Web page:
Recently on a private forum, after responding to a plea for help with the suggestion, “use Scrivener, the program makes you a better writer,” I’ve received questions about that statement.
My first response was to giggle. Ah — NO, I’m not a shill for Scrivener’s developers. You won’t find any affiliate links in this post. Nor do I know anyone in the company, but I have immense admiration for the developers.
So, how does Scrivener make you a better writer?
I believe that Scrivener is worth every penny of your investment in its purchase, and more. Your mileage may vary of course, but I know that before Scrivener, writing a book took me three and four times as long.
If you need to write a book, you need Scrivener
Scrivener’s beta version arrived in 2005. In that year, I switched from using Windows machines as my primary computers to Macs. It took forever to make the decision to switch.
At that time, I was writing about PCs for computer magazines, as well as doing ghostwriting for a global publisher, so I still needed my Windows machines.
My contract for the large publishing house meant that not only did I write chapters for them for various books, I worked as a ghostwriter and copywriter for them as well.
My life was chaos. I spent 12 and 14 hours a day, just writing. Research took another couple of hours at least.
Then suddenly, at just the right time, Scrivener came out with a beta version — suddenly writing books was much easier.
Scrivener will make you a better writer because it makes it easier to organize your writing projects, and to think.
1. Scrivener makes it easier to organize and think, so your writing improves
Books, whether fiction or nonfiction, morph.
In this post, I suggested writing your blurb (book description) before you start outlining and writing:
Writing your blurb first is important because you need to fulfill promises you made in the blurb. It’s much easier to edit your blurb than it is to edit your book.
Nevertheless, even with your blurb as a compass to your writing, your book’s vision will change before your eyes. When this happens it’s not only disorienting, it can throw you off track. If you’re unfortunate enough to have deadlines for several books at one time, it also leads to a lot of stress.
Scrivener has a marvelous feature called Collections, which helps you to revision (re-imagine) your book, no matter how much it morphs.
An excellent article on Collections:
Before Scrivener, I’d print out a novel, then lay out “collections” of documents on the bed, and the carpet. Next, I’d create index card summaries of every document in every collection. I’d delete scenes and chapters by tossing their documents, and then type up fresh scenes, and lay them out on the carpet. It was chaotic.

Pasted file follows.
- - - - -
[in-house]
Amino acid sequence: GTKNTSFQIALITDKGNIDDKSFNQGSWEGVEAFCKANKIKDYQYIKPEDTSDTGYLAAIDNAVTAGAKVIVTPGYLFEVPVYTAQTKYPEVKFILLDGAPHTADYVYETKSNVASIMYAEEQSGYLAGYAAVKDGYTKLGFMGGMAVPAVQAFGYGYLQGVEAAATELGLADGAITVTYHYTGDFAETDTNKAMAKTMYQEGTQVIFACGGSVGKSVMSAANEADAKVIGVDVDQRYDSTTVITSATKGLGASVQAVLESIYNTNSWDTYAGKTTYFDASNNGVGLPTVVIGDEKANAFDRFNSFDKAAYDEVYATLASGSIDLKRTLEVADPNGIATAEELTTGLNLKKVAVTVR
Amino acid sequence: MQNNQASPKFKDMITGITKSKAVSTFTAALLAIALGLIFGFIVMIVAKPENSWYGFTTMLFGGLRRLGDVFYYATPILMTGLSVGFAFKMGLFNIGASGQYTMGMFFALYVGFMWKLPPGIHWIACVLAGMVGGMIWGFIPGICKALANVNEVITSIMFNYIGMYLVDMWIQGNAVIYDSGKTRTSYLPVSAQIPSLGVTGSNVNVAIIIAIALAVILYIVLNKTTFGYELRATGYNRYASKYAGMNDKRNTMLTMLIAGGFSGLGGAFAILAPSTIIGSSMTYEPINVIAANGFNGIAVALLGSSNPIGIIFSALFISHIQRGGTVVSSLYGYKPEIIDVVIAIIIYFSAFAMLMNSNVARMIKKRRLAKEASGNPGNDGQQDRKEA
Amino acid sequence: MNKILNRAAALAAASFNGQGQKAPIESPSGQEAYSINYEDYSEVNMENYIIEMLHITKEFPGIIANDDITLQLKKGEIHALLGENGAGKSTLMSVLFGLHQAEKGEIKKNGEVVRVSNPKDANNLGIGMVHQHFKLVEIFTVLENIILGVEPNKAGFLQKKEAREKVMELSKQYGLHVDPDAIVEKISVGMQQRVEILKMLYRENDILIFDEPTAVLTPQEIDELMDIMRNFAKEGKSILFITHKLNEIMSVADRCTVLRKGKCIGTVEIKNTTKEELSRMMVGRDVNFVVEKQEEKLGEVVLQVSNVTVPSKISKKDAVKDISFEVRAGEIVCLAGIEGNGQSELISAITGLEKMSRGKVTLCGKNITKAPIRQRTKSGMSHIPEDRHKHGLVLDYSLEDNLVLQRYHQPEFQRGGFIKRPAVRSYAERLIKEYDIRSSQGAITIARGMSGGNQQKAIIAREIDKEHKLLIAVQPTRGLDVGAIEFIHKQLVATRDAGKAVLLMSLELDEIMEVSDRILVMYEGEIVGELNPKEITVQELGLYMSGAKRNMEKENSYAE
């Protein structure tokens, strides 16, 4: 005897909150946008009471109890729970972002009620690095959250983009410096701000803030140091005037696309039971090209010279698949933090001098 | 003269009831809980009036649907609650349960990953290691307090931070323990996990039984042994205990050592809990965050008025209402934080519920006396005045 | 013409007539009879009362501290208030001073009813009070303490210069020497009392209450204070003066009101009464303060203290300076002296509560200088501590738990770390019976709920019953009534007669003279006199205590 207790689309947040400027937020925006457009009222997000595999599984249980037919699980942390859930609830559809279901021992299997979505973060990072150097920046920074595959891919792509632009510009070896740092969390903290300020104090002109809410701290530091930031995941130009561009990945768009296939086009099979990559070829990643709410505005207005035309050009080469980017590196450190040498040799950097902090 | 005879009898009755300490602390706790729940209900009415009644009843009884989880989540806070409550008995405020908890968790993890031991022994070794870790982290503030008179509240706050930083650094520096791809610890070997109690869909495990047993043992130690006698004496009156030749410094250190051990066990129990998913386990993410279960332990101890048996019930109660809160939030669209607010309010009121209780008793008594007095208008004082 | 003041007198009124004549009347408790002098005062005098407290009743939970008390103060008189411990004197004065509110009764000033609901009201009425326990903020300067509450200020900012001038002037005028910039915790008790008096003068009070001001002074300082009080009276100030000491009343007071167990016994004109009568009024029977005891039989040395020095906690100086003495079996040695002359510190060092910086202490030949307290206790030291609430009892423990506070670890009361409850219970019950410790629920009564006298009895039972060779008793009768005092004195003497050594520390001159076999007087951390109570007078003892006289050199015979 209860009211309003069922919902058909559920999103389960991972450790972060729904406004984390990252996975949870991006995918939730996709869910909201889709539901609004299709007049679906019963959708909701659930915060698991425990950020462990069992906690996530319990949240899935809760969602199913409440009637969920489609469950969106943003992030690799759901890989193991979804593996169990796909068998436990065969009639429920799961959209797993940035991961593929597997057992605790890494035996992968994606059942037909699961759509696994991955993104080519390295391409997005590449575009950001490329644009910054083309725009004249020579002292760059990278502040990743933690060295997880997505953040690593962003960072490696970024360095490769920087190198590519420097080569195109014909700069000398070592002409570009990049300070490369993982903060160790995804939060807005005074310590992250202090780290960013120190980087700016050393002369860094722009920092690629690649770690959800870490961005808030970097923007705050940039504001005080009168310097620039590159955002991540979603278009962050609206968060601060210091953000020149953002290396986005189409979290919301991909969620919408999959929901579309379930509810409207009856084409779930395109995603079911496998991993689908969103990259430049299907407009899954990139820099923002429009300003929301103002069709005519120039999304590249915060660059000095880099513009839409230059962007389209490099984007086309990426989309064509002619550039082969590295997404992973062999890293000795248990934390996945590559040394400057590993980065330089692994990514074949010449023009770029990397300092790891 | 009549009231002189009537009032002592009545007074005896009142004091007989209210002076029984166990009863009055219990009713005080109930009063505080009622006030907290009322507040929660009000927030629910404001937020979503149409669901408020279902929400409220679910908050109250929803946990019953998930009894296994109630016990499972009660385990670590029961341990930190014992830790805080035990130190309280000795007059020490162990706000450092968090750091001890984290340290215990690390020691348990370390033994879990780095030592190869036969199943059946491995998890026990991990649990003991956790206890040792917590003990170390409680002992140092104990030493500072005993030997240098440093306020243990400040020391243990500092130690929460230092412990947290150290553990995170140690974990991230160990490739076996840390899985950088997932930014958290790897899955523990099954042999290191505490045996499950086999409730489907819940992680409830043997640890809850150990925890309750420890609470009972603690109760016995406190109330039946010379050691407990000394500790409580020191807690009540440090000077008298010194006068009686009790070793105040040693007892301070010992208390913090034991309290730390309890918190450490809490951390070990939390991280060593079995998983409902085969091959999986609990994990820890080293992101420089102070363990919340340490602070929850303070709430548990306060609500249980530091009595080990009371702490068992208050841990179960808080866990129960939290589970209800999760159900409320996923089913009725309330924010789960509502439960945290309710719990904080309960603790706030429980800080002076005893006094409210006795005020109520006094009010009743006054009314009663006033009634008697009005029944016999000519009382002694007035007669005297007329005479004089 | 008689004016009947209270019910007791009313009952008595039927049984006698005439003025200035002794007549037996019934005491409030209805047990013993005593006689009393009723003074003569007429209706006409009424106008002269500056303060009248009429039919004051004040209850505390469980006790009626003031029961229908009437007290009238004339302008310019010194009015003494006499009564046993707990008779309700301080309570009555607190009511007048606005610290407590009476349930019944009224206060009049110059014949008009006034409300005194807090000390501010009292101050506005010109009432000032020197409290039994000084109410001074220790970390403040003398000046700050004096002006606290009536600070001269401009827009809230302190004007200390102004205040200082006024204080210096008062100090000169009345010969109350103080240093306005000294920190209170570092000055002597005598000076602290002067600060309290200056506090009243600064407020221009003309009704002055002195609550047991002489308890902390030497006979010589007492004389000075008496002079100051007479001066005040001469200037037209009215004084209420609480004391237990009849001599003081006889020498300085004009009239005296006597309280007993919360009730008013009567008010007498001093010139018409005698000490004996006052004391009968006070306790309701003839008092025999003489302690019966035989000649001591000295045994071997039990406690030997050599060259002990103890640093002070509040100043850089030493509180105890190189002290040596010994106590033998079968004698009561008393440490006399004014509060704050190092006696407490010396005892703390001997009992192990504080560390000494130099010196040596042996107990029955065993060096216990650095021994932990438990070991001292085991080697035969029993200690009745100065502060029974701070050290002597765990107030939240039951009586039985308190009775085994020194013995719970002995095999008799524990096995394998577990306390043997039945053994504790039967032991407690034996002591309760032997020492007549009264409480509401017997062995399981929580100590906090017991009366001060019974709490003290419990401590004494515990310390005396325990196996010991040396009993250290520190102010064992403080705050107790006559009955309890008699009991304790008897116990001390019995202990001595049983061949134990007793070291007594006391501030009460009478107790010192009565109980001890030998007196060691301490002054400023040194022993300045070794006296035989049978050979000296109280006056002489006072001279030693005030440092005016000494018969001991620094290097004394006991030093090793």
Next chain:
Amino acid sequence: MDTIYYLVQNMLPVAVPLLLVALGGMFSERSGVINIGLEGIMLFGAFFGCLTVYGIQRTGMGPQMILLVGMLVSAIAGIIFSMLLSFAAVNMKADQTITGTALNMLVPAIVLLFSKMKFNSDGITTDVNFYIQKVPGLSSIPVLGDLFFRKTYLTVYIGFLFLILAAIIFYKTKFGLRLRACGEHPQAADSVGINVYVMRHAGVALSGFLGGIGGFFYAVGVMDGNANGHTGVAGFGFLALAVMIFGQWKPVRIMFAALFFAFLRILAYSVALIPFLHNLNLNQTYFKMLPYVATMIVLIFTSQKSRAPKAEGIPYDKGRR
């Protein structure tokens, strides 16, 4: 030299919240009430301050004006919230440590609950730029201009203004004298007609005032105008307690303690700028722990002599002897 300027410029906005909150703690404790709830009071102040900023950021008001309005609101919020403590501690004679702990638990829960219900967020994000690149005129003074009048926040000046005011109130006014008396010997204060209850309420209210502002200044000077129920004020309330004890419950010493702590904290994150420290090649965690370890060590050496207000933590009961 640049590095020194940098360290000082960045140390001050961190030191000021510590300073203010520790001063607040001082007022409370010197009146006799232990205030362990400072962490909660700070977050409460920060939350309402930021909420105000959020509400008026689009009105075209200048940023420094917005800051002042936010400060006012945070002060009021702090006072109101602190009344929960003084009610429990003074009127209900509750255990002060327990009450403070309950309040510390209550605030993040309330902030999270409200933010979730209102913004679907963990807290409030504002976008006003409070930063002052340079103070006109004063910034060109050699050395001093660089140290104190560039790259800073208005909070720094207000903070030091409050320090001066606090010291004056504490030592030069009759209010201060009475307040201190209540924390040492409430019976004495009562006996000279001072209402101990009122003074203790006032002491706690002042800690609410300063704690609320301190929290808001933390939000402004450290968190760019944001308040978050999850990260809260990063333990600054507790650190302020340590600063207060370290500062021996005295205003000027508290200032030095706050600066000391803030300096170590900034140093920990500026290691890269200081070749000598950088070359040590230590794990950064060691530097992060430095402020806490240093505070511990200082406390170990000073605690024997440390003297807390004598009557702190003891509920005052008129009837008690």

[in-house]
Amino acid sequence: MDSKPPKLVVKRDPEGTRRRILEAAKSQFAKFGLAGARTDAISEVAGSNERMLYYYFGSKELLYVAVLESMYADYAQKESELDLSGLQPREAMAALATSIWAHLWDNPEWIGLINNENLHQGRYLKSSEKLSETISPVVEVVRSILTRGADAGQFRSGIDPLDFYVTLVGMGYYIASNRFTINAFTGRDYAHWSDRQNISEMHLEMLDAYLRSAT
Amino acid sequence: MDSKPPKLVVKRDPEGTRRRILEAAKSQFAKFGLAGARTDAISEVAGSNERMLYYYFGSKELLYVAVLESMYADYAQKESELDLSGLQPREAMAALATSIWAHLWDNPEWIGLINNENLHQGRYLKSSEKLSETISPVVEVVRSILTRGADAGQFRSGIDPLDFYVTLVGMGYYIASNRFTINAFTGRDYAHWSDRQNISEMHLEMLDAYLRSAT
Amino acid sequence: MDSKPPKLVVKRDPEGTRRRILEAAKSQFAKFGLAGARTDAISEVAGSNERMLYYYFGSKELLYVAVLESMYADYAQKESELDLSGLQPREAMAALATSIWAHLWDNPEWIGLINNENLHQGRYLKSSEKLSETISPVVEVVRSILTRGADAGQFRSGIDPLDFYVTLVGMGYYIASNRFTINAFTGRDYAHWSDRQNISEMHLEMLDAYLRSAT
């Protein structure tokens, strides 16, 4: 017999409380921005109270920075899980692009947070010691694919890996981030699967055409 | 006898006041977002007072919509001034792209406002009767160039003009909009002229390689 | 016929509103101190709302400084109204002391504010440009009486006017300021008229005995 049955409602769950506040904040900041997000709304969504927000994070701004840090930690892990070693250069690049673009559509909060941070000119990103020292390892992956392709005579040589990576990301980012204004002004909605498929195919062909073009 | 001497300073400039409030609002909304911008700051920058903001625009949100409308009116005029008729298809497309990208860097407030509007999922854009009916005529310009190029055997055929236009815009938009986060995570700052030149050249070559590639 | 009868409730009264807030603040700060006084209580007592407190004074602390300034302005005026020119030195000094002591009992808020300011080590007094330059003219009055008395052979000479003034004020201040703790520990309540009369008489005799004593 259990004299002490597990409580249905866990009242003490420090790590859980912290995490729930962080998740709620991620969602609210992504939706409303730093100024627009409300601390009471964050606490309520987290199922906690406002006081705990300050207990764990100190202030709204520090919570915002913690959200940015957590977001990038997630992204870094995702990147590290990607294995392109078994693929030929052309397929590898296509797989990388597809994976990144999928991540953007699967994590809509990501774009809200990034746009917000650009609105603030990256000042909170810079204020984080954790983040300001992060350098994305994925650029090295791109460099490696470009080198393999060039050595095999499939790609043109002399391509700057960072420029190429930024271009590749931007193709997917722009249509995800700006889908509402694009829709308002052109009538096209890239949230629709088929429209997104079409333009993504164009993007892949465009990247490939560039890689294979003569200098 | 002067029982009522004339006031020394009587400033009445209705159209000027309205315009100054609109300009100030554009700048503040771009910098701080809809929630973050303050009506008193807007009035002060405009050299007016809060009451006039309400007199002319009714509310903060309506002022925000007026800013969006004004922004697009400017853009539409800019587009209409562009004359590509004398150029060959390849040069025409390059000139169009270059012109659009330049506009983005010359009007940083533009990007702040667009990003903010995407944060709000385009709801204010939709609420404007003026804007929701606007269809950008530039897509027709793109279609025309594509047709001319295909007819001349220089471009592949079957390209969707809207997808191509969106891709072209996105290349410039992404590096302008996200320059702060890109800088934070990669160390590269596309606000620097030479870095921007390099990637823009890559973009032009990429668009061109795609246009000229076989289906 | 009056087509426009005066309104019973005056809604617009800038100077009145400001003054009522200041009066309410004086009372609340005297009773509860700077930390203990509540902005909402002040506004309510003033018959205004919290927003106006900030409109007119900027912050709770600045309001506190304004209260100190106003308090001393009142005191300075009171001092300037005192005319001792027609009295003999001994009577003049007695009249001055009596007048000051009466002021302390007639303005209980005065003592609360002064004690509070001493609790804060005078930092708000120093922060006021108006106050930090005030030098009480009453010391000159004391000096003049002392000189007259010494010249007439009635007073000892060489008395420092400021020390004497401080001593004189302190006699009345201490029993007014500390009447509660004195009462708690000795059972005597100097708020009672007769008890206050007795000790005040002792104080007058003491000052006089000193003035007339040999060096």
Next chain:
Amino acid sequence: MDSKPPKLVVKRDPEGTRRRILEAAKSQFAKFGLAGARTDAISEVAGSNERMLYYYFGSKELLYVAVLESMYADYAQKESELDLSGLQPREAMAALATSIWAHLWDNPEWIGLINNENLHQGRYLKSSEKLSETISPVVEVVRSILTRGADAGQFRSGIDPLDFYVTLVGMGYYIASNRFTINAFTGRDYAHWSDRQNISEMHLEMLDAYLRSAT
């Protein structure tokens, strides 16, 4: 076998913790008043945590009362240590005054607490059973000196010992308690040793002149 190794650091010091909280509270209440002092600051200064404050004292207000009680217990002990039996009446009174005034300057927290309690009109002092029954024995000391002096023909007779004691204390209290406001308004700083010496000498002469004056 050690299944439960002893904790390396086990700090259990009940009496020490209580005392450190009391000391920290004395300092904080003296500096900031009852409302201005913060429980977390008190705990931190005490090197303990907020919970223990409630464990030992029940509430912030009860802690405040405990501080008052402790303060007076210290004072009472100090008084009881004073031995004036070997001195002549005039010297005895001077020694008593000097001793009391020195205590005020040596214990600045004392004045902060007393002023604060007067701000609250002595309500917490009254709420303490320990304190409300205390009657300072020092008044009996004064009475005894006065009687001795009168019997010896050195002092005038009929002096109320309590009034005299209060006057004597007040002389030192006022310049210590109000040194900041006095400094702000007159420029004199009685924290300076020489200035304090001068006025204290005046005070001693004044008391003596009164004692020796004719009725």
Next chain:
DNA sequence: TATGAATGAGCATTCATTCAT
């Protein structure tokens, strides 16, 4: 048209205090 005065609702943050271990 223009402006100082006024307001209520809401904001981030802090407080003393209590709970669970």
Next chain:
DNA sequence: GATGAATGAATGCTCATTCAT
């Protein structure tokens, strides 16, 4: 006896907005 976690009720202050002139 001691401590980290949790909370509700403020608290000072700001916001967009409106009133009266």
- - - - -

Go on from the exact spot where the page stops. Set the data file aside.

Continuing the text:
2. You can view your Scrivener project from several different angles, so you get better ideas
When it’s time to outline, I start out in the Corkboard view. The Corkboard’s index cards are itty bitty things, so I usually switch from there to the Outline view, and then to the Scrivenings view, to flesh out the outline.
You can start writing at any time.
For example, with fiction I’ll usually write the first scene, and then because the final scene mirrors the first, I’ll write that scene next. Of course, the final scene needs rewriting later, but I’ve mapped out the territory.
You may find that being able to switch so easily between views helps you to keep your project on track, and become more creative.
3. Got an editor, or beta readers? It takes just a few clicks to compile a draft to send them (and you can quickly make changes)
When ghostwriting, I like to send my client or editor a copy of the first draft of each chapter when it’s done. That takes just a few clicks in Scrivener, and the PDF is ready to email to the client, or to attach to a thread in a chat program.
Sending out out ARCs (advance reading copies) is just as simple. A few clicks, and your PDF is ready to send.
4. Inspiration can strike anywhere: Scrivener has iOS and (soon) Android apps
You can get ideas anywhere. I have an “Ideas” folder in each Scrivener project, so I can type up an idea quickly. Occasionally, I’ll be on the sofa, watching a movie, when inspiration hits. It’s easy to open Scrivener on my tablet, and add a few paragraphs to a scene, or correct something in a scene if I realize that the timeline is off, for example.
So, there you have it. I truly believe that Scrivener can help almost any author to become happier and more productive.
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